Serves about 8

  • 100g butter
  • 100g caster sugar
  • 2 eggs
  • 1tsp vanilla
  • 100g self raising flour
  • 1/2 tsp baking powder
  • 50g ground almonds
  • 2 tbsp milk
  • 1tsp pink or red food colouring
  • 2 tbsp apricot jam, warmed
  • 250g golden marzipan

Start by preparing an 8×8″ square baking tin, by folding a piece of baking paper, cut to fit the width of the tin, to create a divider, like so:

Mary uses the all in one method for this sponge, but I’m not a fan, so I creamed the butter and sugar together, before beating in the eggs and vanilla, then folding in the flour and ground almonds. Divide the mixture between two bowls (I weighed it for accuracy but you can probably do it by eye) then add 1tbsp milk and 1 tsp red food colouring to one bowl, and 1tbsp + 1tsp milk to the other bowl. make sure both mixtures are well combined, then spread into each side of the prepared tin.

Bake at then leave to cool. When the cakes are cool, remove from the tin. If you’re lucky you’ll have perfectly equal sized sponges, but if not, trim them to the same width and cut each in half, so you have four long rectangles of sponge.

Roll out the marzipan to the width of the sponges and long enough to wrap around them as a block. brush a strip of warmed apricot jam onto the marzipan, then place two fingers of sponge – making sure you have one of each colour.

Brush these with more jam, then place the other two sponges on top, white on top of red and red on top of white. Brush the whole thing with the remaining jam, then roll to cover with the marzipan.

Trim any overhanging marzipan along the length of the cake, then slice each end so it looks neat. If you want to get fancy, pinch together the marzipan along the top edges – I tried this but it didn’t really work… Cut into slices and eat!

Baked berry sponge pudding

After all the rich, chocolatey excess of Christmas, I was desperately craving something fruity.

I also had some small foil pudding basins that I never quite got around to using for Christmas pudding, so I decided a fruity steamed pudding was the way to go.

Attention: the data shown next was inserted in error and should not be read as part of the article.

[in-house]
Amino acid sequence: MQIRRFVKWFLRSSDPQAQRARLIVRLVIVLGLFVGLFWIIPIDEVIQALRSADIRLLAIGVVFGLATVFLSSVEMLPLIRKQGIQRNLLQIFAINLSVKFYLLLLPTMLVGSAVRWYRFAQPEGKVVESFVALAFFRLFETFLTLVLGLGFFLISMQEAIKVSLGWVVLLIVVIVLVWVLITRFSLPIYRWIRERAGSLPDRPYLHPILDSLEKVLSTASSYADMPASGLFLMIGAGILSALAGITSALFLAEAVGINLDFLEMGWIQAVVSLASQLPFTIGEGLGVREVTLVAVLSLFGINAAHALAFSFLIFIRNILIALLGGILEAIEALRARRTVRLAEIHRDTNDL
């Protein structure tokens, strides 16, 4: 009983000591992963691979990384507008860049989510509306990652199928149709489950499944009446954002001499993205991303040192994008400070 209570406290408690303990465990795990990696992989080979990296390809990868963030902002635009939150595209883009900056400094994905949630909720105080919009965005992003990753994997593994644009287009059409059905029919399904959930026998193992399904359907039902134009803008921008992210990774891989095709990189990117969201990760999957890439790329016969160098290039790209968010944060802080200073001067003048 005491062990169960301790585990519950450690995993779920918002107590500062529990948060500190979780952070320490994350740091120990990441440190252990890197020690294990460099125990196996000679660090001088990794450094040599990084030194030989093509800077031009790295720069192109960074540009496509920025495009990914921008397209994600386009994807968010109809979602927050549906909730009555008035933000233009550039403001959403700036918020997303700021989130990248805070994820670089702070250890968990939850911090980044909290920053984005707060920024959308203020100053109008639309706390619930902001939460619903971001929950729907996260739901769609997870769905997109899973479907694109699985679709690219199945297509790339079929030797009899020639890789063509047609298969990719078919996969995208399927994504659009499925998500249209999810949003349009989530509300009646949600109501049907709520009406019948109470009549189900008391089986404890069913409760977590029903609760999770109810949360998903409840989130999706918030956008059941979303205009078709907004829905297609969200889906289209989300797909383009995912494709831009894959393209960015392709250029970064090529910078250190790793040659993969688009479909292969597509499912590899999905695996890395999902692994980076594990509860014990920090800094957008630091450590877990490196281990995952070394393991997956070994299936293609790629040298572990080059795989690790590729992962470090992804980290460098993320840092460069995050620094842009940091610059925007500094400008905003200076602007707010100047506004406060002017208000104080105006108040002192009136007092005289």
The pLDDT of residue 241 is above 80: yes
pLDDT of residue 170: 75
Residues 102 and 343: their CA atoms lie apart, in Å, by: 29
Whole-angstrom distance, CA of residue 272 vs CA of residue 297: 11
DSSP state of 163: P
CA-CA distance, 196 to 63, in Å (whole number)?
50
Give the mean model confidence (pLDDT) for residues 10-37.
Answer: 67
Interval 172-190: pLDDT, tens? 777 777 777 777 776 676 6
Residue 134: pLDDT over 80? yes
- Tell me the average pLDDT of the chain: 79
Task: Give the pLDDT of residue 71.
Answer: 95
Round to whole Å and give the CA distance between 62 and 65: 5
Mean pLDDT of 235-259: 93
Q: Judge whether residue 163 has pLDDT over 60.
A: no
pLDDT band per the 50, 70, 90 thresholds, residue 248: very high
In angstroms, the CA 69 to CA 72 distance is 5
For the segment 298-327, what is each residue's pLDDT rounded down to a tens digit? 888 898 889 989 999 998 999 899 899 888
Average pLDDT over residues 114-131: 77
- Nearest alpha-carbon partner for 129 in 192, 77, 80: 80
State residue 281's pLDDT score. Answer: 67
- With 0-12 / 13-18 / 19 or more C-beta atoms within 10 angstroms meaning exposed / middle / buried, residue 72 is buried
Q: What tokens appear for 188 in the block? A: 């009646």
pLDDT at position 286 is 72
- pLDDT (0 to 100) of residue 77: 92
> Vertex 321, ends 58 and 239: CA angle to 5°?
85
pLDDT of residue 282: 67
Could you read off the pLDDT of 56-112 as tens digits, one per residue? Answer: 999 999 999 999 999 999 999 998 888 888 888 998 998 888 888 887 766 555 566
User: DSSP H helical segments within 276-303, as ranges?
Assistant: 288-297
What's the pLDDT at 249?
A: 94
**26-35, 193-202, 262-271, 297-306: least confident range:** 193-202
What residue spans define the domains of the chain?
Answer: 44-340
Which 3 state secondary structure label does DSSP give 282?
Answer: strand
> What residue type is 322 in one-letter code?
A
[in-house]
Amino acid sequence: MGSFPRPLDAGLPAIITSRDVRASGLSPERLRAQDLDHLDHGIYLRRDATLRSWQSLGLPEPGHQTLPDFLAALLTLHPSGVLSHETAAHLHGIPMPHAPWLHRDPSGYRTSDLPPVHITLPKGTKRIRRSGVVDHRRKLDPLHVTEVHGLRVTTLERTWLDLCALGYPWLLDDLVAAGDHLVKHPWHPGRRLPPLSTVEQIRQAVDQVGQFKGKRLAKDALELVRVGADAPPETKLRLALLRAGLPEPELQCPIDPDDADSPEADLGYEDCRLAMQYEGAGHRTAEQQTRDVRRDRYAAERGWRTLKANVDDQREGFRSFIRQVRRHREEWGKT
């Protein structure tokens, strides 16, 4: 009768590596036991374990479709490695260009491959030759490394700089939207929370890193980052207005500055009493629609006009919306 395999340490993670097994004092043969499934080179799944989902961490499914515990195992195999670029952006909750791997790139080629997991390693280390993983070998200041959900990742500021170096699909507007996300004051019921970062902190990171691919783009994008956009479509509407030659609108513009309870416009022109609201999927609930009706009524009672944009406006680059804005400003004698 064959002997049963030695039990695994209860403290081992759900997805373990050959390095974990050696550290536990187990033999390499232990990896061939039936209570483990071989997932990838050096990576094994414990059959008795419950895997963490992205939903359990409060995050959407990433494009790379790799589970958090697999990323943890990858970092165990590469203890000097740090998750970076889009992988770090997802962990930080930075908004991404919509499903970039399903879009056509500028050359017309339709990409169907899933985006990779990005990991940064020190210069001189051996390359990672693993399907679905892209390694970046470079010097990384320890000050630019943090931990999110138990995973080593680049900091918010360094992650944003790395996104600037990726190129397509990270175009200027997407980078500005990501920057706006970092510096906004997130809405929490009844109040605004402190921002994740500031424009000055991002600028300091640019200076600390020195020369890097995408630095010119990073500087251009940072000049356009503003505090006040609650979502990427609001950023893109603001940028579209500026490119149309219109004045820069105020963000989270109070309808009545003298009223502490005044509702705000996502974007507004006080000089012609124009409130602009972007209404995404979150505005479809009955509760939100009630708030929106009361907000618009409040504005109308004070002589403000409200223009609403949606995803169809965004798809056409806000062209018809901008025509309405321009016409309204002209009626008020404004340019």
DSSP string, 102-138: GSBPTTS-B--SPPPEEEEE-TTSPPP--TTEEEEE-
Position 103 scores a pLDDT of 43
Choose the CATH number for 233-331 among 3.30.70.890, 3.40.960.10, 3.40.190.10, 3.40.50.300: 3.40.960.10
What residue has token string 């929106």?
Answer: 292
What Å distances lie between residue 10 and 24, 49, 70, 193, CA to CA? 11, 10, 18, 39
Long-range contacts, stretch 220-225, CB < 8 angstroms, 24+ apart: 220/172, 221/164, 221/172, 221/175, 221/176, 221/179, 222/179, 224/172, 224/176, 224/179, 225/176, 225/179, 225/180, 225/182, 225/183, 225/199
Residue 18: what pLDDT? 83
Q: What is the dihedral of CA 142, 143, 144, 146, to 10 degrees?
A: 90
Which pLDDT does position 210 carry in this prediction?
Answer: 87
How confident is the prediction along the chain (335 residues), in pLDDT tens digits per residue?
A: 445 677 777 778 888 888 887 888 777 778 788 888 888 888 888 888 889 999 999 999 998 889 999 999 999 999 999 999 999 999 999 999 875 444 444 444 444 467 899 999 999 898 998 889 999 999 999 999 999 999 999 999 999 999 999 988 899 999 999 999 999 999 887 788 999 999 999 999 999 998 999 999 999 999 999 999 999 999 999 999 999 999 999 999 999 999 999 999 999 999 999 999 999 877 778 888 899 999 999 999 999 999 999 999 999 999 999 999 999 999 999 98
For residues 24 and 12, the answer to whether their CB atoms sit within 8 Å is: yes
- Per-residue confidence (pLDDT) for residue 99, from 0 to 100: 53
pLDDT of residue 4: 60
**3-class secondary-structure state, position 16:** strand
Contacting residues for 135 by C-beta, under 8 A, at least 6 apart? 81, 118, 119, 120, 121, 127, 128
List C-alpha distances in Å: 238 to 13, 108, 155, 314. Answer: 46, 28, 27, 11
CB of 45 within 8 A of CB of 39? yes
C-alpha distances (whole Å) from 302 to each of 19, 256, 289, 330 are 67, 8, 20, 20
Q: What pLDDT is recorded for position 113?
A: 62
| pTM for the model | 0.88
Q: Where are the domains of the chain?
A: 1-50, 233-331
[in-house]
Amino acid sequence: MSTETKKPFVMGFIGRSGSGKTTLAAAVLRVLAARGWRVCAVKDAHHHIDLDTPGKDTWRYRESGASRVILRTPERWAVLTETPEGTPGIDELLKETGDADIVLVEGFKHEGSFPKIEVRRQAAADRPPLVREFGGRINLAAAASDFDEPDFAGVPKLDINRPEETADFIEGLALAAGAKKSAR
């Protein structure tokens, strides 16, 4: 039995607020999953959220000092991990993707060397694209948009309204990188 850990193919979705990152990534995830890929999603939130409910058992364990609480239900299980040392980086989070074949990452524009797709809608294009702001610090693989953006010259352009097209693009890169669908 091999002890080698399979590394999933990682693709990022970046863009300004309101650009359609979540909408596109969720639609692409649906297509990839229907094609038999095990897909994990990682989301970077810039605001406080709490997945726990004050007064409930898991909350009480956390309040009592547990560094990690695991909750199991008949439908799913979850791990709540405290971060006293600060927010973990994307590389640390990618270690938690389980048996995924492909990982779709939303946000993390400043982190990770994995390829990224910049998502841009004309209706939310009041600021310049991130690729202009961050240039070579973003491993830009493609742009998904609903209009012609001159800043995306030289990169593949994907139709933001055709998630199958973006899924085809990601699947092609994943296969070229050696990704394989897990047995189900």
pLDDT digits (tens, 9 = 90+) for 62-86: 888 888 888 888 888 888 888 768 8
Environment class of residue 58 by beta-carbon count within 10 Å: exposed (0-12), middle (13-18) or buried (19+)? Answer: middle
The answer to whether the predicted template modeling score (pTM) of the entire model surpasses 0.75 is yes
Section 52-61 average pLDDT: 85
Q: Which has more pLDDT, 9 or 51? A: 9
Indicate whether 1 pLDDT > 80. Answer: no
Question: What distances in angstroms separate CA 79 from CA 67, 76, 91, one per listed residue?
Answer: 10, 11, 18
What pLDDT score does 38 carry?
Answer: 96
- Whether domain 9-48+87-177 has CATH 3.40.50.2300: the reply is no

I’ve never attempted a steamed pudding before, and I was quite looking forward to the challenge, but as luck would have it the recipe I decided to use as a base called for oven baking anyway – maybe next time!

I made two small (1lb or 500ml) puddings from this recipe, and they turned out really moist and flavourful, a perfect fruity winter pudding!

Baked berry puddings (adapted from BBC Good Food)

  • 200g mixed berries (I used frozen)
  • 2 tbsp caster sugar
  • 85g butter
  • 50g caster sugar
  • 50g light brown sugar
  • 2 eggs
  • 2 tbsp milk
  • 1tbsp orange curd (zest of an orange would be fine)
  • 140g plain flour
  • 1.5 tsp baking powder

Put 25g of the berries in the bottom of each pudding basin, and sprinkle 1 tbsp caster sugar over each.

Beat together the butter and both sugars until light and fluffy, then add in the eggs one at a time. Fold in half the flour and baking powder followed by half of the milk and orange curd, then fold in the rest of the flour and the rest of the milk.

Use about 2/3 of the mixture to divide between the two puddings, spreading on top of the berries. Sprinkle the rest of the berries on top, then cover with the rest of the cake mix. Bake for an hour at 180 degrees, or until a skewer comes out clean. Mine rose rather well, making them a bit hard to turn upside down!

Serve warm with custard, cream or ice cream.